I have a lot of magnets on my refrigerator. Most of them are from family vacations. A few predate the family vacation stage of my adult life–surviving a dorm room, several apartments and two houses. One of those is a quote illustrated by the graphic artist Mary Engelbreit.
It reads: “To imagine is everything. To know is nothing at all.”
A faculty friend came to my house one time and was clearly offended by the sentiment. On the surface, she had a point. All educated people—and this friend has Ph.D. after her name afterall—certainly want knowledge to be everything. If it were, it would illuminate a clear path to success. Learn a bunch of stuff; achieve fame and fortune, right?
Would it help if I told you that the quote originated from Albert Einstein?
Clearly, knowledge is less powerful today than ever. Most of what you know is stagnant and based on the past. And knowledge can get in the way of being open to new ideas and reaching new heights, which was Einstein’s point I am sure.
Late last week I attended a workshop with the best workshop title I’ve ever heard: The Do it Yourself Lobotomy. Catchy, huh? I had a lot of work to do that day, but I just couldn’t miss out on it.
Tom Monahan presented the DIY Lobotomy. No, not the pizza guy; the creativity guru.
The lobotomy was all about learning techniques to separate your left brain from your right, and moreover to arrive at creative ideas by directing your brain to go in new directions. It was heady stuff, no pun intended.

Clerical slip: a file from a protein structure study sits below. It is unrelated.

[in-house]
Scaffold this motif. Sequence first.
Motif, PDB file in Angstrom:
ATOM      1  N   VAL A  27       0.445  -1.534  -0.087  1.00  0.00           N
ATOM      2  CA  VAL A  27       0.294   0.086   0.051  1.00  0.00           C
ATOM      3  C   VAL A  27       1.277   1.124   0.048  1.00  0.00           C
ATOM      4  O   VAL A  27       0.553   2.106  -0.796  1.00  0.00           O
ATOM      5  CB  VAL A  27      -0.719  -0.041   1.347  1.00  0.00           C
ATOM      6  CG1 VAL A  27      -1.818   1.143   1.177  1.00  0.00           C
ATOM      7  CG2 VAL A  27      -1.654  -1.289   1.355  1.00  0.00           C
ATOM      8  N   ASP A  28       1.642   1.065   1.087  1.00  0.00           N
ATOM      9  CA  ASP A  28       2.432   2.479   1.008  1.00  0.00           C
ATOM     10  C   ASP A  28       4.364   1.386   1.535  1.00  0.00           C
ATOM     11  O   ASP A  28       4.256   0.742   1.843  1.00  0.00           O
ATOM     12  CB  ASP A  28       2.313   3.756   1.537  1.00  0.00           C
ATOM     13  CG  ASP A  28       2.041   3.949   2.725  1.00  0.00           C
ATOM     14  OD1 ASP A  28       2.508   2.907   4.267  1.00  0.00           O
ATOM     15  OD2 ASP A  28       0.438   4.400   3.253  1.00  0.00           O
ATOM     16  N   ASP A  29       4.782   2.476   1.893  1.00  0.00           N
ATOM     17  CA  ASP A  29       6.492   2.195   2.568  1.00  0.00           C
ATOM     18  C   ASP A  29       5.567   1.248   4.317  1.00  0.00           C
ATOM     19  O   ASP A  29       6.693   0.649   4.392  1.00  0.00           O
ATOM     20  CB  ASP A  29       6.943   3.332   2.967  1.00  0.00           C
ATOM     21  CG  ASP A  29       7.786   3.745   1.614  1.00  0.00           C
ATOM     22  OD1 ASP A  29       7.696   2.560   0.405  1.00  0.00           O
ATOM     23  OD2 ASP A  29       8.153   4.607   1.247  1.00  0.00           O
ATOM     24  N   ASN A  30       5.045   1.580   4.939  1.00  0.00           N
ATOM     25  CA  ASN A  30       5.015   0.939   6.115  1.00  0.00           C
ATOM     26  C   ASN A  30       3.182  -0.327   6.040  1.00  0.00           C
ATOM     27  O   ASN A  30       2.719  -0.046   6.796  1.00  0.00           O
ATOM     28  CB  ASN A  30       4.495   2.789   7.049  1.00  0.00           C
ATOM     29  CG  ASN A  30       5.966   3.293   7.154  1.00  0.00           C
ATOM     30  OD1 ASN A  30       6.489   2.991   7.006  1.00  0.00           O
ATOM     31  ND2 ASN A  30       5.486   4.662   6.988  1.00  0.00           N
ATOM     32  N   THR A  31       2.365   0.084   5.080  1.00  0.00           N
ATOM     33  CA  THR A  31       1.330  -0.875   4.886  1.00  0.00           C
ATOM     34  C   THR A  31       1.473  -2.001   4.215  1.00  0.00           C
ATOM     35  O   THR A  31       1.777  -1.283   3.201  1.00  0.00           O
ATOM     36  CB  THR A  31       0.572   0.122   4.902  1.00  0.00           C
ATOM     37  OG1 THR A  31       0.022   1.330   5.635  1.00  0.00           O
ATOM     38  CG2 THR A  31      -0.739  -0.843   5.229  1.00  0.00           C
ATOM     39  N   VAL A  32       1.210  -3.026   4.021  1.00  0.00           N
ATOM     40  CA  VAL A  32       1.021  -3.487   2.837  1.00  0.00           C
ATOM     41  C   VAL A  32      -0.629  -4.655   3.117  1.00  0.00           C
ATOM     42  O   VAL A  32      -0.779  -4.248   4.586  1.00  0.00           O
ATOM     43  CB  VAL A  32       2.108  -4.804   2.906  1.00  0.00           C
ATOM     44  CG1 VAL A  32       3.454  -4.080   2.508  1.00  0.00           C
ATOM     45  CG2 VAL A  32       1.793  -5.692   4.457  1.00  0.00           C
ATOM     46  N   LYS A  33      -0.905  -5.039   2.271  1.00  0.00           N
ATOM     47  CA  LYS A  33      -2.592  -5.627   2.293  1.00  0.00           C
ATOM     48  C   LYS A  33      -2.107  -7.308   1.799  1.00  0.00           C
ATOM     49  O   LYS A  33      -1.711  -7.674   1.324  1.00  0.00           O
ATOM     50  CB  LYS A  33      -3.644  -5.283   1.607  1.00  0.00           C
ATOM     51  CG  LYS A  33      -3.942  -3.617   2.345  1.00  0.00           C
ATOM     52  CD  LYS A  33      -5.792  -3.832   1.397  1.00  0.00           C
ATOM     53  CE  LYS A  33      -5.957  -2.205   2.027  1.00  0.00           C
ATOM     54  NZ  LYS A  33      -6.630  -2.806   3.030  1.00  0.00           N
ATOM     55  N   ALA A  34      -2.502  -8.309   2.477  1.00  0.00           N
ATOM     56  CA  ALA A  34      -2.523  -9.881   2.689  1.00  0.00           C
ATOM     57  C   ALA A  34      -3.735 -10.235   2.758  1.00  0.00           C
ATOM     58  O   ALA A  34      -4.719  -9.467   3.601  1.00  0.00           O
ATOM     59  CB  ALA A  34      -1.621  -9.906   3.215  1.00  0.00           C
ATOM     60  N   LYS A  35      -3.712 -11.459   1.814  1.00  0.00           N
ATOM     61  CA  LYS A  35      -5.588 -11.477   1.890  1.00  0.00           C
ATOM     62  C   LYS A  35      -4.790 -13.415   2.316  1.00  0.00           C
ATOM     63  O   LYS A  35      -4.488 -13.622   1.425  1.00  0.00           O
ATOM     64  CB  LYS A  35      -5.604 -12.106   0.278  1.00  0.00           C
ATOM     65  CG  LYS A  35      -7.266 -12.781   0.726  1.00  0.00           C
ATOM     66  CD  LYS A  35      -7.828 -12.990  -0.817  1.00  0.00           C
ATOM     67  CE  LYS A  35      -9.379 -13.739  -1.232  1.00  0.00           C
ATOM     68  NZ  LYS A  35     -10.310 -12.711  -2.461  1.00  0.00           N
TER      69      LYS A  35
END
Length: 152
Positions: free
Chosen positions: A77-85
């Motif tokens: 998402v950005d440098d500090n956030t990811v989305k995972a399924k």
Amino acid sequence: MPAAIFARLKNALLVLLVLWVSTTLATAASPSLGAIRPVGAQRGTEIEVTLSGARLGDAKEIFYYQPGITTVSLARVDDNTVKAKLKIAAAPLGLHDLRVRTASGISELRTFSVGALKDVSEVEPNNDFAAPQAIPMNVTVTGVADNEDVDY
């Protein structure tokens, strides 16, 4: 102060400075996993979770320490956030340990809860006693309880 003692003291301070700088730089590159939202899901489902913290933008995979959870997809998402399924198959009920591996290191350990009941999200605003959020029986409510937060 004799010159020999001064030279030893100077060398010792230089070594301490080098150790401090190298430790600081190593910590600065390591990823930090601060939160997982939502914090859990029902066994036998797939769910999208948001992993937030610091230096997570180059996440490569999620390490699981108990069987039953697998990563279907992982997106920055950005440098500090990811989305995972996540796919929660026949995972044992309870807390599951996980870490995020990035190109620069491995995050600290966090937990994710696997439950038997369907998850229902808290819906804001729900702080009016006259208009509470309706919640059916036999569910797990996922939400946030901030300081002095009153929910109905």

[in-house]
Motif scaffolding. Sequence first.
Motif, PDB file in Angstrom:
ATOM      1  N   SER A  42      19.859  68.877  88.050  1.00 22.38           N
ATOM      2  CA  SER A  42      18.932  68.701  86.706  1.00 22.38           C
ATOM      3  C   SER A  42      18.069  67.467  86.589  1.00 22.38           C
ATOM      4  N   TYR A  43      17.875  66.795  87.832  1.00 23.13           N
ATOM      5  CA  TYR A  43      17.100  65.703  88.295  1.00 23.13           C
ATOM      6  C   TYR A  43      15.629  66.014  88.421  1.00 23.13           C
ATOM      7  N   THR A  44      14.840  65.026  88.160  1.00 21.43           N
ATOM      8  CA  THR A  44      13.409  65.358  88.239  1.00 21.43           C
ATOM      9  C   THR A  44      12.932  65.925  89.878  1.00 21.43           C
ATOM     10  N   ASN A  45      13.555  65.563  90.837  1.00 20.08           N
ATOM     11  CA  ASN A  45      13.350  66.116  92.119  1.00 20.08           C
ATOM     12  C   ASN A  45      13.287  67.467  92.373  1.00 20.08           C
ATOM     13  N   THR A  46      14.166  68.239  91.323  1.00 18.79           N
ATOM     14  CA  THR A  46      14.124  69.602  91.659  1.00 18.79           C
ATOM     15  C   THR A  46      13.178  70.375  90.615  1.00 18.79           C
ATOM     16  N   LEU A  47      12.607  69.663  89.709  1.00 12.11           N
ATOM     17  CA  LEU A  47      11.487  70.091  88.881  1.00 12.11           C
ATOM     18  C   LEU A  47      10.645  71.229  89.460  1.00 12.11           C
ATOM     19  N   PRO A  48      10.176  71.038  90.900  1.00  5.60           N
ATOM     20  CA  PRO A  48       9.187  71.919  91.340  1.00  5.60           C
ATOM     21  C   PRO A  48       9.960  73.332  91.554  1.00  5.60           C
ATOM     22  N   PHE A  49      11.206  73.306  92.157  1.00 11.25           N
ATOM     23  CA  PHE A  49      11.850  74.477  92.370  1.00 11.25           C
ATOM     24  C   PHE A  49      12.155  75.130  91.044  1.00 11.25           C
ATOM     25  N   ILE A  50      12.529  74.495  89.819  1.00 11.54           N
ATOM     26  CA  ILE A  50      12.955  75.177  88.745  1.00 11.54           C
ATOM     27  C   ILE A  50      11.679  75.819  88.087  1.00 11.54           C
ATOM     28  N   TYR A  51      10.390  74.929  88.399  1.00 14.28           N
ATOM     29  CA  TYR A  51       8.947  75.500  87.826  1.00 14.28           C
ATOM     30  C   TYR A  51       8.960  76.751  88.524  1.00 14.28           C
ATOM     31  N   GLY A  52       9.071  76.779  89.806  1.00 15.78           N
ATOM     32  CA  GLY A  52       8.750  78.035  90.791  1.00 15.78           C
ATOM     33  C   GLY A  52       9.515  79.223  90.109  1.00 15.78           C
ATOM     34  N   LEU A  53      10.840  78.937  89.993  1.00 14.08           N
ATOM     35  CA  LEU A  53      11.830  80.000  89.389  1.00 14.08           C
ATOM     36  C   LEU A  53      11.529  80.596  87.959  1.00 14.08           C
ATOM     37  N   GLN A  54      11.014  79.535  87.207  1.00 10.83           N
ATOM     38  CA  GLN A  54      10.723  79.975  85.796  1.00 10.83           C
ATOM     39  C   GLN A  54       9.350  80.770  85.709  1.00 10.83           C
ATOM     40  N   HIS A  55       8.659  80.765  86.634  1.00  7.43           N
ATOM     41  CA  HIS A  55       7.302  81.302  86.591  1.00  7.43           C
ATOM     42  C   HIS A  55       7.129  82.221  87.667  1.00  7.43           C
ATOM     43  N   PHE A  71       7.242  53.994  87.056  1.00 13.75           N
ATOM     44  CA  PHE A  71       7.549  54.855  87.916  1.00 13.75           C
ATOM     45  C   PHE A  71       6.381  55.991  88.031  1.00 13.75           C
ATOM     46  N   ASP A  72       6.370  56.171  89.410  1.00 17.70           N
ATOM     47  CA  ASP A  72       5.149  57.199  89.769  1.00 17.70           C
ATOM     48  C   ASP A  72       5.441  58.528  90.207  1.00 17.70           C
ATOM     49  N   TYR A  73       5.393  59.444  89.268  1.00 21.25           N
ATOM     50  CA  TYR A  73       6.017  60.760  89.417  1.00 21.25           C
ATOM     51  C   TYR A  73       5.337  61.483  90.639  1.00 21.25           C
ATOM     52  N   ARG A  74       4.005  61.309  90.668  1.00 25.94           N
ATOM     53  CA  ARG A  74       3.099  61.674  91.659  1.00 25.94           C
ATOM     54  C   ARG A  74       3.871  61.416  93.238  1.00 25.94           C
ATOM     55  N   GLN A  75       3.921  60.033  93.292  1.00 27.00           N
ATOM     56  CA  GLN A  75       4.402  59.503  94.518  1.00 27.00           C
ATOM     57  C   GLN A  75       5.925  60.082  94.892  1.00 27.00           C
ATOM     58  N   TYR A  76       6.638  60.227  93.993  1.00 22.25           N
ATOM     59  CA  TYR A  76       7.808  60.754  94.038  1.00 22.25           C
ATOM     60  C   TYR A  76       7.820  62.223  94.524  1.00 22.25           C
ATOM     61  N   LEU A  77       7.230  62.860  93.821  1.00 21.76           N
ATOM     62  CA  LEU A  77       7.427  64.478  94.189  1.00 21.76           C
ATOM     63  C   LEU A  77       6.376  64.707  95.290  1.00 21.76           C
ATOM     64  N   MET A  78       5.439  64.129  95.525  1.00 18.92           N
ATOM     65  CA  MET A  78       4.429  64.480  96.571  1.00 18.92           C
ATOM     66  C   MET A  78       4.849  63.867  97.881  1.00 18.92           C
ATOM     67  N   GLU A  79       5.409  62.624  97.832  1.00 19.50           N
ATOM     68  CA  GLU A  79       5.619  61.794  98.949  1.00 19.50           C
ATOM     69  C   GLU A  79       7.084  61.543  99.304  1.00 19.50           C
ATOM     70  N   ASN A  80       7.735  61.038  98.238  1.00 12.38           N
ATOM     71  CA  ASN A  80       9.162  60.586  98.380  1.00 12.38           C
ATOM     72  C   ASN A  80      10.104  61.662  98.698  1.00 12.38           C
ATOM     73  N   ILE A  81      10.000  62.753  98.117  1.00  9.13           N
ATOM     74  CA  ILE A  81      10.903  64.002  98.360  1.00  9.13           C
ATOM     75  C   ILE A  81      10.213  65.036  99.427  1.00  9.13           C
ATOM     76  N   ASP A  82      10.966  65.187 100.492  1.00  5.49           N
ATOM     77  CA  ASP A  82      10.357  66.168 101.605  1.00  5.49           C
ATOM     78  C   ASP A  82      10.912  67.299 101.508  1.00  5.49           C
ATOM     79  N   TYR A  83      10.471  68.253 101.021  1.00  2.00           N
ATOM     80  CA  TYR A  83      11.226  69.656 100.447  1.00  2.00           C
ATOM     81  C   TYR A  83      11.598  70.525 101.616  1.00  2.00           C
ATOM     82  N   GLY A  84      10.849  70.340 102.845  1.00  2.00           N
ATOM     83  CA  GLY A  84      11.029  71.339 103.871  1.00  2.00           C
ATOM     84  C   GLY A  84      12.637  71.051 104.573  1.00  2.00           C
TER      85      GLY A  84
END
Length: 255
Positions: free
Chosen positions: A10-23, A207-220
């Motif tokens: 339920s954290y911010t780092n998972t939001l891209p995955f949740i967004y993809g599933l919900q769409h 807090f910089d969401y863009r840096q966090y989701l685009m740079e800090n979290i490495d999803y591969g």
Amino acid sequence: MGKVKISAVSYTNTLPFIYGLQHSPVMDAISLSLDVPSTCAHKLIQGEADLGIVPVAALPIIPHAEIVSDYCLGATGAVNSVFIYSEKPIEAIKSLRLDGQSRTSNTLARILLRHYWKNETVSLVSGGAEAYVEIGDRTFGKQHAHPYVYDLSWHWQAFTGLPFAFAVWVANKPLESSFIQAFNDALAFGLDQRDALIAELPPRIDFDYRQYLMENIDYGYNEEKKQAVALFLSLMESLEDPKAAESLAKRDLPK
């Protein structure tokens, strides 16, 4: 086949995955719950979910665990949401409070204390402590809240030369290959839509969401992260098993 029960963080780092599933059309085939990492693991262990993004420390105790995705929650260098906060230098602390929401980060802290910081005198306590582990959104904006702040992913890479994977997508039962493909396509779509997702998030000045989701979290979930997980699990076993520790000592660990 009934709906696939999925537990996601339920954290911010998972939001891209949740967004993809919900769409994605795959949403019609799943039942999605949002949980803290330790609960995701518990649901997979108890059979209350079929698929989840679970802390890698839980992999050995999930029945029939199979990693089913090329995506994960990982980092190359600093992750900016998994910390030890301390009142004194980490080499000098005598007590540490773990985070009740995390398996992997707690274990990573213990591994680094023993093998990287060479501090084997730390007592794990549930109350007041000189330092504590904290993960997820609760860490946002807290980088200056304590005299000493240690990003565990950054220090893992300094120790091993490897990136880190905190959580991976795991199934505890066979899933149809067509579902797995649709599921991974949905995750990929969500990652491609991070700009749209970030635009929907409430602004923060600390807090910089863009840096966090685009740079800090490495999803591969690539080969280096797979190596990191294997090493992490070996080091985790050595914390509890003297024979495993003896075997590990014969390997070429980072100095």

He gave a simple and very useful definition for creativity. If it surprises you, it’s creative. So, if you are trying to come up with something creative, knowledge is the devil.
New ideas are found in the unknown, not the known. The secret is not to know, so you begin to wonder. And break out of rigid thought patterns that lead you to predictable outcomes.
My favorite technique from the workshop was the “law of large numbers.” He demonstrated how forcing yourself to generate more and more ideas will use quantity to get to quality.
That doesn’t mean that bad ideas are good. It just means that you have to generate a lot of trash to get to the really good ideas. We tend to only let out ideas that we think might be good. But when you self-impose a ridiculous quantity requirement and add in some deadline pressure, the creativity-stealing censor inside you tends to shut down.
With dozens of teams working around the workshop room, it became obvious that the teams with the most ideas had some of the worst ones, but also all of the very best ones. Less wasn’t more. More was more!
All this, doesn’t mean knowledge is nothing. Because in the end, all new ideas are just old ideas put together in an unexpected way.
So when do you get your best ideas? Maybe the correct answer is: you never know!